Saturday 16 July 2011

First Night of the Proms 2011 Janáček Glagolitic Mass

Fabulous sense of occasion, the First Night of the Proms 2011. "Stars, night, music and light", a wonderful way to start the season. Pity the piece, commissioned specially from Judith Weir, is only 4 minutes and insubstantial but it's a nod to the rote cliché that the Proms don't do enough British and female composers.

This year's star pianist was Benjamin Grosvenor, at 19 already an 8 year veteran of the BBC Young Artists Programme. I enjoyed his Liszt but it's not really my thing. Much sparkier, for me, the Brahms Academic Festival Overture, which when done as well as this shines and adds to the sense of occasion.

But the real substance came with Janáček's Glagolitic Mass. Jiří Bělohlávek's Janáček is distinctive and idiomatic. He's transformed the way Czech music is heard in this country. This was a wonderfully affirmative Glagolitic Mass, full of vigour and energy.

Although the piece takes religious form, the faith Janáček is celebrating is the Slavic soul. Some time before the piece was written, the Papacy had made special dispensation for Mass to be said in Slavonic instead of in Latin as was the norm then. This was hugely symbolic since it gave legiitmacy to Slavic independence at a crucial point in time. Janáček's nationalist instincts were fuelled. The Glagolitic Mass commemorates the ancient roots of Slavic culture, just as the Sinfonietta  celebrates the birth of the modern Czech nation. The Glagolitic script, seen in the painting, dates from the 8th century, long before the Hapsburgs consolidated their grip on Bohemia. This Credo isn't about the "Catholic and Apostolic Church" so much as Janáček's faith in secular and national Resurrection. 

When Pierre Boulez connducted the Glagolitic Mass at the Proms in 2008, he brought out the craggy, uncompromising structure in the piece so it felt rough hewn, as if it were crafted from stone and natural forces, for this is a remarkable piece of music, coming only 15 years after Stravinsky's Rite of Spring. Bělohlávek's approach is much warmer but also firmly unsentimental,  because he knows freedom is hard won.  Hence the lovingly shaped "Janáček:" signatures, star motifs and quirky whips of melody that leap out provocatively, integrating the piece more closely with the composer's earlier work. Bělohlávek shapes the dense angular blocks, so the sudden traceries of brass zip through brightly. At the end of the Slava, the Amin, Amin's are ferocious. Truculent timpani ! The massive Royal Albert Hall organ enters gradually, almost quietly, so whern it bursts forth in the Allegro, it feels explosivce. A mighty force has been biding its time.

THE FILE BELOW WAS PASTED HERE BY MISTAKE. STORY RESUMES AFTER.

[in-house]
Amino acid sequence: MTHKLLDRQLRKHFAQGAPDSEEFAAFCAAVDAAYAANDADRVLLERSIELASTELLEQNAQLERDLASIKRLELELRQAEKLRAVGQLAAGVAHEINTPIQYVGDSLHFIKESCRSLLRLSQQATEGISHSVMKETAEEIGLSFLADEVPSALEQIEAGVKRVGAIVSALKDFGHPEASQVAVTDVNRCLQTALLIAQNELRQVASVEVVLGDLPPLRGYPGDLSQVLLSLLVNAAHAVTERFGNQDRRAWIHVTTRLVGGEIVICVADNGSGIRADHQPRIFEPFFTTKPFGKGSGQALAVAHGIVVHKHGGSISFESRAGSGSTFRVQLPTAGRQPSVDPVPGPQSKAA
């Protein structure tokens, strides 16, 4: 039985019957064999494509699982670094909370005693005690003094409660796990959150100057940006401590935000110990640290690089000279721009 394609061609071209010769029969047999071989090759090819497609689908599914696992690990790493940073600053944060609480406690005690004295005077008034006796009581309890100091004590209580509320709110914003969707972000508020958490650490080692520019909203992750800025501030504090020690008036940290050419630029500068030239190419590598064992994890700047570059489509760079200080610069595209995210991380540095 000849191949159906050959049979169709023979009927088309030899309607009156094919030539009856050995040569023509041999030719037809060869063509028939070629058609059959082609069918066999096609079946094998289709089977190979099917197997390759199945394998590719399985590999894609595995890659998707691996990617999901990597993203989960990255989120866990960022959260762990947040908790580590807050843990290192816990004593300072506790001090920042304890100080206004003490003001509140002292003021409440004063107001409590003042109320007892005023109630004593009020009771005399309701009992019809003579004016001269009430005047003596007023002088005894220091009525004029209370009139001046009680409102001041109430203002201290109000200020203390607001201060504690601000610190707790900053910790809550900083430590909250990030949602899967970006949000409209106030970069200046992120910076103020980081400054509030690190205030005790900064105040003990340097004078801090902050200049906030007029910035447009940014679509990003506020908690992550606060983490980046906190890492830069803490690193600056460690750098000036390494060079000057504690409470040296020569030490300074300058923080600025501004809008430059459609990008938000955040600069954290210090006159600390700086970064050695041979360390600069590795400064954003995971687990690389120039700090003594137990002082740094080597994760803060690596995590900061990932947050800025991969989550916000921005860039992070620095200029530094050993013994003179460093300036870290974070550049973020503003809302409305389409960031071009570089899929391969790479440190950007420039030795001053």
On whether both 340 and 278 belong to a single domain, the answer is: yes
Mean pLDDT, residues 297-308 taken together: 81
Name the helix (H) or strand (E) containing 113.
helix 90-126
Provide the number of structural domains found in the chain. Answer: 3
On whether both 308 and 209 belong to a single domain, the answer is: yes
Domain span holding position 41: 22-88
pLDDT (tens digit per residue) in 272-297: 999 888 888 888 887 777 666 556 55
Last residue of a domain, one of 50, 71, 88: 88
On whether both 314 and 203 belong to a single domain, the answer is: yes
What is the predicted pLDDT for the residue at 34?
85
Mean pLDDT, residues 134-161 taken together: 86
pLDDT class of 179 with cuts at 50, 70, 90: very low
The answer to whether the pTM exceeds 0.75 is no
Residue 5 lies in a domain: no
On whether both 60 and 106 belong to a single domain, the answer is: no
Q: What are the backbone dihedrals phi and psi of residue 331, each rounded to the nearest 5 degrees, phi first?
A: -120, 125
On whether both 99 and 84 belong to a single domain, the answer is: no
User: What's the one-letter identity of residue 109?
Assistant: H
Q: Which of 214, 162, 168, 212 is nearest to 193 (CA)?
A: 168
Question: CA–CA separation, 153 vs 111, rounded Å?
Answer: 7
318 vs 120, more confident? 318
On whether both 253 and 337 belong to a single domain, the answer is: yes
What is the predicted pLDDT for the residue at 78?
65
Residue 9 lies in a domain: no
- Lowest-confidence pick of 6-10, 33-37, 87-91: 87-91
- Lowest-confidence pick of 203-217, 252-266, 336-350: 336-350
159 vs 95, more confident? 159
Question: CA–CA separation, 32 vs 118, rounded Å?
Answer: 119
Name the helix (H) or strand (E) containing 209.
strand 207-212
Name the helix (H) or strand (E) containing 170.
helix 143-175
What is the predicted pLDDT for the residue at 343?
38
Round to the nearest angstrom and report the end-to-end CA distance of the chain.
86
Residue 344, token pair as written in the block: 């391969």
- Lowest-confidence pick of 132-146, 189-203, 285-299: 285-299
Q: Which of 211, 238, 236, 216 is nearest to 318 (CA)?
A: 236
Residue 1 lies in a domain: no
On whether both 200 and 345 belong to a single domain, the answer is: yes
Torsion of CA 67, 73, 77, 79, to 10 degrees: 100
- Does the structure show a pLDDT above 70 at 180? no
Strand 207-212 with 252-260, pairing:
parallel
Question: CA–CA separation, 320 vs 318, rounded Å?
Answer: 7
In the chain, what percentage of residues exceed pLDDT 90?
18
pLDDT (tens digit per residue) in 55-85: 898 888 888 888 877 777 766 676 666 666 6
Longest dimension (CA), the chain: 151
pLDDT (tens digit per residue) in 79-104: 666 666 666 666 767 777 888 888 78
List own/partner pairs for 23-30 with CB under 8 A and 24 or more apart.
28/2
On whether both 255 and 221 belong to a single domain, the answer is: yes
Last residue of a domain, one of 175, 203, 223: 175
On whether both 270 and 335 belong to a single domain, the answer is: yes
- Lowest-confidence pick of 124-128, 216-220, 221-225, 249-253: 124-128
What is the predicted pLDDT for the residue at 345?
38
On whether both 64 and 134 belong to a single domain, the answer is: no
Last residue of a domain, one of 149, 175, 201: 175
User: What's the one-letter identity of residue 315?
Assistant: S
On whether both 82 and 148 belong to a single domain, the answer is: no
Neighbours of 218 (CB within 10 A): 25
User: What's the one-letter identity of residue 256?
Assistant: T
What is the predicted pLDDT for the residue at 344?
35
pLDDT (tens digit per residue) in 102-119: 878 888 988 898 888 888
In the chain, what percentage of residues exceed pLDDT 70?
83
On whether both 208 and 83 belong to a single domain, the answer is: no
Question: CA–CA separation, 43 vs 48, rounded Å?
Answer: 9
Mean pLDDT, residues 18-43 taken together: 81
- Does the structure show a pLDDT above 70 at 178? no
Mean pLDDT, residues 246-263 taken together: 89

Both Bělohlávek and Boulez bring out the depths of the Glagolitic Mass -- in different ways. Bělohlávek has by far the greater advantage with his singers. No comparison, in fact. Bělohlávek's also a good conductor for voice. Not many are. While Boulez's tenor (Simon O'Neill) faltered, Stefan Vinke for Bělohlávek is a match for the big orchestra, a defiant individual against vast forces. Hibla Gerzmava, Dagmar Pecková and Jan Martinik have all worked with Bělohlávek before, and clearly have the measure of this demanding piece. In fact I can't remember hearing it sung with such committment. The BBC Singers and BBC Symphony Chorus sound inspired, even by their usual extremely high standards  Maybe this will make it to CD, as it deserves to be preserved.

An important note on the edition of bthe Glgolitic Mass used in this performance  "The Glagolitic Mass was given in a new edition by Jiří Zahrádka and Leoš Faltus, which apparently restores passages simplified prior to the first performance in December 1927. According to the programme, the changes included simplification of rhythms, removal of the ‘offstage’ marking for a passage for three clarinets in the ‘Věruju’ (Credo) and cuts to both that movement and the ‘Svet’ (Sanctus). More may be read here concerning the edition, which Zahrádka modestly terms ‘an informative curiosity of sorts’.(Mark Berry in Opera Today and Boulezian)

In the meantime, this Prom can be heard again for seven days from Monday on the BBC listen again facility. It's also on TV, and will be repeated. Please use the BBC Proms button on the list of sites on the right of this site - it gets you straight into the Proms section so you don't need to navigate the whole BBC site.  Lots more coming up, so please keep coming back. In the meantime, here's a link to Rupert Murdoch, eat your heart out, which contrasts the Proms ideal with News International.  Tomorrow, Pappano conducts Rossini William Tell. Here's a link to a full download of the opera from Rome in 1953.

1 comment:

Doundou Tchil said...

I've written more about Janacek because it's a subject I know and care about. That's only ethical. Knocking Janacek and Belohlavek to boost Grosvenor is infantile. Grosvenor doesn't deserve that kind of destructive "fan". It won't help his career.